This should be a small dissection of one of 2011's video game underdog stories, a licensed movie tie-in released a bit late and shoved onto a download service. Real Steel is a boxing title, quite a bit of fun actually, where players create their own robot, assign moves, and take on the rankings chart.
Instead, it has to be a rant, because publisher/developer Yukes have devastated their own work with a scammy downloadable content scheme that is anything other than honest.
On Xbox Live, every game comes with a demo. For Real Steel, it's a one-off exhibition brawl that doesn't explore any of the customization; it merely hints at the possibility. On the Marketplace itself, no downloadable content for the game is listed, a search for Real Steel bringing up some Gamerpics and the game.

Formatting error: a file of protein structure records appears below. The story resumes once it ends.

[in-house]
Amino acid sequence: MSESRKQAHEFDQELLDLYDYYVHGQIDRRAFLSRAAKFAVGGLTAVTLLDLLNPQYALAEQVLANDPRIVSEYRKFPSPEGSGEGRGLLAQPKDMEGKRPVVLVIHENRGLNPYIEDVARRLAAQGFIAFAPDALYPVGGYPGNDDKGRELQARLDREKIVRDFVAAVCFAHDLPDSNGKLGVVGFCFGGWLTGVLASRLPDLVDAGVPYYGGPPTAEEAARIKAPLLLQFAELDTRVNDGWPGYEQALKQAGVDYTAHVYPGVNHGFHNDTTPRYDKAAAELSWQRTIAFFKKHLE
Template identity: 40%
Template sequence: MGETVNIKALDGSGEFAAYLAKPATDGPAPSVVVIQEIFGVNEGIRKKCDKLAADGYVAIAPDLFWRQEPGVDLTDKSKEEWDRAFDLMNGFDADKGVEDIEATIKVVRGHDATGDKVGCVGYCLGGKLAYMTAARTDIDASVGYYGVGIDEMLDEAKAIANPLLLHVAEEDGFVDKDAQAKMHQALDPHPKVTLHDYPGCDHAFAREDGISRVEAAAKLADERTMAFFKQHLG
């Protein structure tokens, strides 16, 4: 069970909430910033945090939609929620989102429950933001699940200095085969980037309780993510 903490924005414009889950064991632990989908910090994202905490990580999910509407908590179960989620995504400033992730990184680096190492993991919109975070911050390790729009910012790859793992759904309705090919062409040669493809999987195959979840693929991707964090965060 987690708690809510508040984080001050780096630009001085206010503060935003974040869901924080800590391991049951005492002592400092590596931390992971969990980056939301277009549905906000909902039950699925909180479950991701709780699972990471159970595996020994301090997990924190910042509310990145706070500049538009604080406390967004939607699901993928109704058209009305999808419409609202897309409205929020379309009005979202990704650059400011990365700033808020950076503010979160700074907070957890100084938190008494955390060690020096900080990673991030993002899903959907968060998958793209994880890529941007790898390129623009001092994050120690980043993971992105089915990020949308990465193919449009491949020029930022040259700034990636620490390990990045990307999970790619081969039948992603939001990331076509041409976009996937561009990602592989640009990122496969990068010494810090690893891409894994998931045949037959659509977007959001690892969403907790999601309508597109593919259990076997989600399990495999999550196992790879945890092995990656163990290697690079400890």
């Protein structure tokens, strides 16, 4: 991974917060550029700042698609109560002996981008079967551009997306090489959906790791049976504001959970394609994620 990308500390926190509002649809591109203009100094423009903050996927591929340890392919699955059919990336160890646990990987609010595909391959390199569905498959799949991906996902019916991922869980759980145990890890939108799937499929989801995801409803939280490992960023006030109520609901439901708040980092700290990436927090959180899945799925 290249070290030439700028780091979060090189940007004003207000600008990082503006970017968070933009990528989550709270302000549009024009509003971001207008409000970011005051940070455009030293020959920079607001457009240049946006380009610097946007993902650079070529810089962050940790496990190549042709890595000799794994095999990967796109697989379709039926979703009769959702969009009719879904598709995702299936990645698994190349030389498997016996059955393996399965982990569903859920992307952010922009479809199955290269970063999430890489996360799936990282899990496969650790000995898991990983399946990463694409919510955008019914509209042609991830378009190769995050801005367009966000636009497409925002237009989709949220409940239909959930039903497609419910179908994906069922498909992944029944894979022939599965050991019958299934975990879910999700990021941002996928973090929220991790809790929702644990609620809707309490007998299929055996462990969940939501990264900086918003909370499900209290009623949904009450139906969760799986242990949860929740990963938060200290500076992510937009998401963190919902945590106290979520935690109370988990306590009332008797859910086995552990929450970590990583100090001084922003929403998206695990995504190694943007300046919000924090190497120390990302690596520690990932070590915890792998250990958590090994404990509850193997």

Once into this metallic brawler, things change. You can't customize the color of your robot. That design suite is $4. Want a pre-built robot? Those are $10 each. Want individual parts? That will be $1 each.
Of course, you don't need colors for your robot, but you do need parts. Yukes has clearly and intentionally created a difficulty curve intended to sap a few extra dollars from the digital consumer. After two hours of gameplay, my clunker of slapped together steel still couldn't match up to the next highest ranked contender (based on in-game ratings, I was 200 "battle points" shy), and that's with parts that could be purchased without real money.
The free-to-play model isn't uncommon in the gaming industry. Many massively multiplayer online titles use it, blocking later levels or certain items behind a paywall. The difference with Real Steel? There's a $10 entry fee for the game itself, or is that $14 with the color changer? It's hard to tell.